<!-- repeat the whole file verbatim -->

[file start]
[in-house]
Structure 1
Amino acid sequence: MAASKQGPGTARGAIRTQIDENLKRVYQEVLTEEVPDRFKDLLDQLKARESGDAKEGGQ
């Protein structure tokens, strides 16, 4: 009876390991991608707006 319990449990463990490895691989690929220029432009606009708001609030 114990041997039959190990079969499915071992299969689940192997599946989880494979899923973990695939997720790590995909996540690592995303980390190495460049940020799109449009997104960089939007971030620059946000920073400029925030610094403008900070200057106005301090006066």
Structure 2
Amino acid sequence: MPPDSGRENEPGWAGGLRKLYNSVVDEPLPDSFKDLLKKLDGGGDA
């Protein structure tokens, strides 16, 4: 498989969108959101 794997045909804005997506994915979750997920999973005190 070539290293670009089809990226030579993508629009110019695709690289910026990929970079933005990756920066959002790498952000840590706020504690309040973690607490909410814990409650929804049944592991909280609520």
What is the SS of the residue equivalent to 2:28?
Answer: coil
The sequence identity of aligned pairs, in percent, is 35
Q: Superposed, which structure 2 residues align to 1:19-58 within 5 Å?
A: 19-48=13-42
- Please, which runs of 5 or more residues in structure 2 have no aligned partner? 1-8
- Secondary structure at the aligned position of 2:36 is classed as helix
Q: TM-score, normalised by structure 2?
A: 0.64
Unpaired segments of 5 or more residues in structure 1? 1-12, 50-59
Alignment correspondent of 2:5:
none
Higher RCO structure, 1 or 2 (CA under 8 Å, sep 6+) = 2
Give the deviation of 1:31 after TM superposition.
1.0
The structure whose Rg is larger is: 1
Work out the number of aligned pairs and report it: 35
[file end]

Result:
[in-house]
Structure 1
Amino acid sequence: MAASKQGPGTARGAIRTQIDENLKRVYQEVLTEEVPDRFKDLLDQLKARESGDAKEGGQ
């Protein structure tokens, strides 16, 4: 009876390991991608707006 319990449990463990490895691989690929220029432009606009708001609030 114990041997039959190990079969499915071992299969689940192997599946989880494979899923973990695939997720790590995909996540690592995303980390190495460049940020799109449009997104960089939007971030620059946000920073400029925030610094403008900070200057106005301090006066």
Structure 2
Amino acid sequence: MPPDSGRENEPGWAGGLRKLYNSVVDEPLPDSFKDLLKKLDGGGDA
């Protein structure tokens, strides 16, 4: 498989969108959101 794997045909804005997506994915979750997920999973005190 070539290293670009089809990226030579993508629009110019695709690289910026990929970079933005990756920066959002790498952000840590706020504690309040973690607490909410814990409650929804049944592991909280609520």
What is the SS of the residue equivalent to 2:28?
Answer: coil
The sequence identity of aligned pairs, in percent, is 35
Q: Superposed, which structure 2 residues align to 1:19-58 within 5 Å?
A: 19-48=13-42
- Please, which runs of 5 or more residues in structure 2 have no aligned partner? 1-8
- Secondary structure at the aligned position of 2:36 is classed as helix
Q: TM-score, normalised by structure 2?
A: 0.64
Unpaired segments of 5 or more residues in structure 1? 1-12, 50-59
Alignment correspondent of 2:5:
none
Higher RCO structure, 1 or 2 (CA under 8 Å, sep 6+) = 2
Give the deviation of 1:31 after TM superposition.
1.0
The structure whose Rg is larger is: 1
Work out the number of aligned pairs and report it: 35